Fidus Investment Corp: “Alternative Bank” Now Pays 11.7%
A Special High-Yield Stock?
Fidus Investment Corp (NASDAQ:FDUS) hasn’t exactly been a market favorite this year. But for yield hunters, the stock offers the potential to earn an oversized payout.
Allow me to explain…
Fidus Investment Corp is structured as a business development company (BDC). If you’ve been following my column, you know that I like to call BDCs “alternative banks” because they make money in a way that’s similar to banks—lending money out at higher interest rates than they borrow at.
There are, of course, some differences, with a notable one being that BDCs don’t really serve retail customers like you and I; they tend to focus on lending to middle market businesses.
In the case of Fidus Investment Corp, the company provides customized debt and equity financing solutions primarily to lower middle market businesses in the U.S. In particular, FDUS targets firms with annual revenues of between $10.0 million and $150.0 million and annual earnings before interest, taxes, depreciation and amortization (EBITDA) of between $5.0 million and $30.0 million. (Source: “Investor Presentation,” Fidus Investment Corp, last accessed October 14, 2020.)
Note that the lower middle market is underserved by traditional capital providers. During the last financial crisis, many traditional banks stopped lending to lower middle market businesses, and the ongoing COVID-19 pandemic has only exacerbated the problem.
Because these businesses are underserved, they have to pay higher costs to obtain financing. As a result, lenders like Fidus Investment Corp have an opportunity to earn attractive returns.
At the end of June, the weighted average debt yield of Fidus Investment’s portfolio was 12%.
By earning oversized interest income from its lending business, Fidus Investment Corp has established a generous dividend policy. The company pays quarterly dividends of $0.30 per share, which at the current share price, comes out to an annual yield of 11.7%.
Of course, the COVID-19 pandemic has sent shockwaves across industries, and BDCs have certainly been impacted. Earlier this year, FDUS stock was dishing out bigger quarterly dividend checks—$0.39 per share. (Source: “Dividend History,” Fidus Investment Corp, last accessed October 14, 2020.)
So the big question now is, can the company maintain the current dividend rate?
Well, based on Fidus Investment Corp’s most recent financial results, the answer is yes.
The BDC reported second-quarter results on August 6. For the quarter, Fidus Investment Corp earned an adjusted net investment income of $0.37 per share. While the amount was lower year-over-year, it was more than enough to cover the company’s quarterly dividend payment of $0.30 per share. (Source: “Fidus Investment Corporation Announces Second Quarter 2020 Financial Results,” Fidus Investment Corp, August 6, 2020.)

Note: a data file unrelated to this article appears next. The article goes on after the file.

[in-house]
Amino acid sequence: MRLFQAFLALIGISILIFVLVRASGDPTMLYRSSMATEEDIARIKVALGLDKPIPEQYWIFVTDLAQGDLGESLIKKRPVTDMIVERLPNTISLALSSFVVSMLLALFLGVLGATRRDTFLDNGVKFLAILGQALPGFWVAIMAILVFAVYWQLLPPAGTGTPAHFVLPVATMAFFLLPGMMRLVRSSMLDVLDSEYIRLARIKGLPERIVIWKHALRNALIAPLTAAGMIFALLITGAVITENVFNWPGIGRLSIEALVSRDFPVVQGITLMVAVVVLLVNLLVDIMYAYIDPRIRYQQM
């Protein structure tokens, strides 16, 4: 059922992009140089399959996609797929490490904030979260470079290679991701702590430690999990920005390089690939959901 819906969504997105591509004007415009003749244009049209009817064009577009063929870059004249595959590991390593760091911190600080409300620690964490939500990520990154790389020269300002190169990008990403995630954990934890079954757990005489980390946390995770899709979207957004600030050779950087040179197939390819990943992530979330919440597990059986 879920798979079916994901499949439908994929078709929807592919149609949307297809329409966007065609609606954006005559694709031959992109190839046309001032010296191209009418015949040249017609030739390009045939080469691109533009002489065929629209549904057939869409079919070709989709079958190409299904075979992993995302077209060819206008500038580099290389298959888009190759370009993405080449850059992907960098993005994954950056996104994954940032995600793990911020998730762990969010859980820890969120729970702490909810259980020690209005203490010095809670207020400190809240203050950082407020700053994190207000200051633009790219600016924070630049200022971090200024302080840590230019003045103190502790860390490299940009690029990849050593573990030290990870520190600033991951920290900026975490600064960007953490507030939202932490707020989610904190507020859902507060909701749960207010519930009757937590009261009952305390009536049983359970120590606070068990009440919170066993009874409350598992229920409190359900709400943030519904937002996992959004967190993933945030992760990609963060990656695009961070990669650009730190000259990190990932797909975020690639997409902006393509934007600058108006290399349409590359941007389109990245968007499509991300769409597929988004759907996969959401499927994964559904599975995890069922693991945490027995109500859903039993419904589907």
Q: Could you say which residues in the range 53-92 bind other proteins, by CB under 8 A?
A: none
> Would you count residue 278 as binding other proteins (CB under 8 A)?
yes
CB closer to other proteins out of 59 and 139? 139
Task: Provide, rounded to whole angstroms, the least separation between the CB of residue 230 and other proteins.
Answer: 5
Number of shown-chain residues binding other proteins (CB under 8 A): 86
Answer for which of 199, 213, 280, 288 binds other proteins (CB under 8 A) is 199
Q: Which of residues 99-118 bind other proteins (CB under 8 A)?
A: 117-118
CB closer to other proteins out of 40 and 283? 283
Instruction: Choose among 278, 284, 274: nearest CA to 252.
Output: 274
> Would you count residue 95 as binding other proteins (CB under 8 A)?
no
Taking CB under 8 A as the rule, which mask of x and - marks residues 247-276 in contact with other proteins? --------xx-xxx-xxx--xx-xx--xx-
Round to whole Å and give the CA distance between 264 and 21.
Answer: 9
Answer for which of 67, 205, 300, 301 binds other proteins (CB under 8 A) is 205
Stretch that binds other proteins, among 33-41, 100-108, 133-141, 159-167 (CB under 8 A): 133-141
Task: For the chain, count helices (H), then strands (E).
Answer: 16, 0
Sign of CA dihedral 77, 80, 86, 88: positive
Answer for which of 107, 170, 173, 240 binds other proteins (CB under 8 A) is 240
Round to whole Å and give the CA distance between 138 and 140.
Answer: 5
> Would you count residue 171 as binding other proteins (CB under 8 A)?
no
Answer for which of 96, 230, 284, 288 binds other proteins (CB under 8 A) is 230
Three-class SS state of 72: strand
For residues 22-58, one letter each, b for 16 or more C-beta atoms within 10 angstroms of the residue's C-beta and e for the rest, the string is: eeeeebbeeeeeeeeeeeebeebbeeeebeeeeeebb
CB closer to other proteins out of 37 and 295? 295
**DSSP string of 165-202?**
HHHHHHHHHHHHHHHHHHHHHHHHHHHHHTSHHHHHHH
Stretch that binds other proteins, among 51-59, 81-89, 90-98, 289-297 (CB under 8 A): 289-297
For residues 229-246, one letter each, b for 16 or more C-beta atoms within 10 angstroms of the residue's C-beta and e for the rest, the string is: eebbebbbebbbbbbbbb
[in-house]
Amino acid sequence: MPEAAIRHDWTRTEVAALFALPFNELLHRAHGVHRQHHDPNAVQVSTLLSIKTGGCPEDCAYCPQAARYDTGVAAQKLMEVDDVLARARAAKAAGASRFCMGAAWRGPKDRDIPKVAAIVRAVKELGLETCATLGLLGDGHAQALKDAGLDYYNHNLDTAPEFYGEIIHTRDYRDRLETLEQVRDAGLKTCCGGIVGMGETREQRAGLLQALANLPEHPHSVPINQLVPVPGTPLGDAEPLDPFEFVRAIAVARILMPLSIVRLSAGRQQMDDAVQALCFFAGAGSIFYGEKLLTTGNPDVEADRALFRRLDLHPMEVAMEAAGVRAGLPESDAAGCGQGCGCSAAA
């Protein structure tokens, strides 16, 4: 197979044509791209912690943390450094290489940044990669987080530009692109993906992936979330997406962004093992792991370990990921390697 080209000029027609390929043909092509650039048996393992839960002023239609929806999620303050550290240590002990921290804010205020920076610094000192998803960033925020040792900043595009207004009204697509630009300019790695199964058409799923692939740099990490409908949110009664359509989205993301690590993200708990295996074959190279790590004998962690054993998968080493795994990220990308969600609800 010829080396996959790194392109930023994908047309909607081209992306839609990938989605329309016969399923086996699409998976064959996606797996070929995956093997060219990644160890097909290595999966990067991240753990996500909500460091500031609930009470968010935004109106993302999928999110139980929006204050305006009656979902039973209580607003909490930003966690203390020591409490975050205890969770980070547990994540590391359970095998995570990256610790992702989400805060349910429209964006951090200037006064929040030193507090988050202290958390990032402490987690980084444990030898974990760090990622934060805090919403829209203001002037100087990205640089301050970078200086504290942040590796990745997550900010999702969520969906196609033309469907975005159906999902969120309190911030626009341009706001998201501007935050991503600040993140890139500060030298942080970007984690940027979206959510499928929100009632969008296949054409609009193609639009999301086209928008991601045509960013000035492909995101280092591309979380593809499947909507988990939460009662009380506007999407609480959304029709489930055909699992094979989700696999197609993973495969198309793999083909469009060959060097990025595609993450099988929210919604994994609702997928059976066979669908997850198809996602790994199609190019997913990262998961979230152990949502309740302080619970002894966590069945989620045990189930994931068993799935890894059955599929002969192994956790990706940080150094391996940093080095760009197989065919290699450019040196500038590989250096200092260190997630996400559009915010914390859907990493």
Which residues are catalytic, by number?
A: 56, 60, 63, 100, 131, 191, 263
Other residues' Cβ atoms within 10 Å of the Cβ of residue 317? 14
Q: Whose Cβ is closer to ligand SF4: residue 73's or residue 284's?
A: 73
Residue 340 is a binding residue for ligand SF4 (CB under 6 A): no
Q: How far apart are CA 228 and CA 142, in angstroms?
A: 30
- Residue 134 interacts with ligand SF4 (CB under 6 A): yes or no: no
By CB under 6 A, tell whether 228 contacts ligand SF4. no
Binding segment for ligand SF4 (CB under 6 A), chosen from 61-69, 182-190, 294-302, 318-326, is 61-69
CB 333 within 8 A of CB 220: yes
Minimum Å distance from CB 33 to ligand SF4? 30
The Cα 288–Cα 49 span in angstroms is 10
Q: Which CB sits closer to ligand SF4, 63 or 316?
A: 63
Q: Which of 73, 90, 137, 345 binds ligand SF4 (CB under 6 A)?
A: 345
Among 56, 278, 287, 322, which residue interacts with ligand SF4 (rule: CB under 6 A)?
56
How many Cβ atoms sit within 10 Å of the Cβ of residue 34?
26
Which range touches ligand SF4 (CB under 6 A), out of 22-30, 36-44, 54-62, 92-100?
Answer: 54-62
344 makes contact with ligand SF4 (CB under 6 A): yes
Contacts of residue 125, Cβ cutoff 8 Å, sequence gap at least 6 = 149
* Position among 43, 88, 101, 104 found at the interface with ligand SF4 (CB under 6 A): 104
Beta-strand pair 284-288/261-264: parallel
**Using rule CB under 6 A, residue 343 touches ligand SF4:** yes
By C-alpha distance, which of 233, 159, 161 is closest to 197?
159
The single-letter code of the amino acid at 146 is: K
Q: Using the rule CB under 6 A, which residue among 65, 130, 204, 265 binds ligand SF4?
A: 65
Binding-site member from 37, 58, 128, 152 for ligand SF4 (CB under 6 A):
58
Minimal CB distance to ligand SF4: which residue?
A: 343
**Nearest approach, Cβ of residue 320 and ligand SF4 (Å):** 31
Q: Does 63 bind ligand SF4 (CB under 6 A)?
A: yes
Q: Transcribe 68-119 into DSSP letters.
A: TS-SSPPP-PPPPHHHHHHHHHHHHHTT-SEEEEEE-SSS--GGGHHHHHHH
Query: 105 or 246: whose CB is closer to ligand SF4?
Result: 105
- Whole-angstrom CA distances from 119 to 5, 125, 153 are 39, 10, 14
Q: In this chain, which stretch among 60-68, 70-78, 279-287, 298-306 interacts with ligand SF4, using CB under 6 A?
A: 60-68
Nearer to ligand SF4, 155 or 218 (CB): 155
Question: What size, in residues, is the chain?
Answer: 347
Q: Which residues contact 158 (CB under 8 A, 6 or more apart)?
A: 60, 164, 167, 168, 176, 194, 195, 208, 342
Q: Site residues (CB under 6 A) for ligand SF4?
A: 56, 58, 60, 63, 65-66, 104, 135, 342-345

Furthermore, Fidus Investment Corp had spillover income—also called taxable income in excess of distributions—of $27.4 million, or $1.12 per share, as of June 30, 2020. This was up from the company’s spillover income of $21.6 million, or $0.89 per share, at the end of March.
In other words, based on the results that are available right now, the company has left a margin of safety in its dividend policy.
Will Fidus Investment Corp Pay Investors Even More?
Now, keep in mind that BDCs are regulated investment companies (RIC), meaning that as long as 90% or more of a BDC’s profit is distributed to investors, it is not taxed at the corporate level.
And that means with excess coverage and accumulated spillover income, Fidus Investment Corp has the potential to return more cash to investors.
Looking back, we see that, since the company’s initial public offering (IPO) in 2011, it has declared 10 special dividends totaling $0.84 per share. Those were payments on top of FDUS stock’s regular quarterly dividends.
When asked about Fidus stock’s dividend level in the latest earnings conference call, the company’s chairman and chief executive officer, Ed Ross, said, “We do recognize from a dividend perspective, we may need to think about some things in the future. We do what we like the idea of waiting a little longer and finding a place have a little bit greater visibility. And then I would also say depending on how things go, we may need to make special distributions in order to meet some RIC spillover distribution requirements over the medium term. But quite frankly, we need to probably play a couple of more innings first to figure out the whole equation.” (Source: “Fidus Investment (FDUS) CEO Ed Ross on Q2 2020 Results – Earnings Call Transcript,” Seeking Alpha, August 7, 2020.)
If you are a yield hunter, you probably want to get paid as much as possible, especially since BDCs are pass-through entities. But given the uncertainties we are still facing, I think it’s a good idea for ultra-high-yielders like Fidus to operate with a conservative mindset. Plus, earning a relatively safe 11.7% yield isn’t too shabby in today’s environment.